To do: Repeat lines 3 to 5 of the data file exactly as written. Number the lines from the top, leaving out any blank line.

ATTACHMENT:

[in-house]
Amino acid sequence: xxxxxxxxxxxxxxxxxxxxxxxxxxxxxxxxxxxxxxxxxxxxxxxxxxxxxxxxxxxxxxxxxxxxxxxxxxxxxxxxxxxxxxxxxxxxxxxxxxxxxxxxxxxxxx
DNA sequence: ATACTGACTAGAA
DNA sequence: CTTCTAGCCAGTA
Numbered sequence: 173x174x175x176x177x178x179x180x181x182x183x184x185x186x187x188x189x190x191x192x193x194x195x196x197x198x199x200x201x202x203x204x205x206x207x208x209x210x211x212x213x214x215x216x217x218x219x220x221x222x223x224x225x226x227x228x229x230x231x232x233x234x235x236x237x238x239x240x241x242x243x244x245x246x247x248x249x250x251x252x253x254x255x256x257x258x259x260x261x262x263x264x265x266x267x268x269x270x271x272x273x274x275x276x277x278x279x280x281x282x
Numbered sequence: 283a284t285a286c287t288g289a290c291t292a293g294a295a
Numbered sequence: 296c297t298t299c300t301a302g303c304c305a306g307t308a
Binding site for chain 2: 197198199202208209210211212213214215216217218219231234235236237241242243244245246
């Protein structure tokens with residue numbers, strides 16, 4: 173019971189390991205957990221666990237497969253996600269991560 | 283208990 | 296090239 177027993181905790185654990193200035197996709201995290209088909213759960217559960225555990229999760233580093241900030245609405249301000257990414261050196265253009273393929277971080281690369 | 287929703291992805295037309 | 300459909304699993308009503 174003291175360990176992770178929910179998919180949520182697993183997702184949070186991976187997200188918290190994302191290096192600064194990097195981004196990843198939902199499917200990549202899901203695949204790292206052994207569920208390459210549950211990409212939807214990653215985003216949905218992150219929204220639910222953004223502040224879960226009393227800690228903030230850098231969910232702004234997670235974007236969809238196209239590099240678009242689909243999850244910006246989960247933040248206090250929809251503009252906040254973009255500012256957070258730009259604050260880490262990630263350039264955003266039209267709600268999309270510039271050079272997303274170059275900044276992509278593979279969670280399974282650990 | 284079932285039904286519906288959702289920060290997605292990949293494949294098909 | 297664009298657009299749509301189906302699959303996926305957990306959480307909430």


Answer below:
DNA sequence: ATACTGACTAGAA
DNA sequence: CTTCTAGCCAGTA
Numbered sequence: 173x174x175x176x177x178x179x180x181x182x183x184x185x186x187x188x189x190x191x192x193x194x195x196x197x198x199x200x201x202x203x204x205x206x207x208x209x210x211x212x213x214x215x216x217x218x219x220x221x222x223x224x225x226x227x228x229x230x231x232x233x234x235x236x237x238x239x240x241x242x243x244x245x246x247x248x249x250x251x252x253x254x255x256x257x258x259x260x261x262x263x264x265x266x267x268x269x270x271x272x273x274x275x276x277x278x279x280x281x282x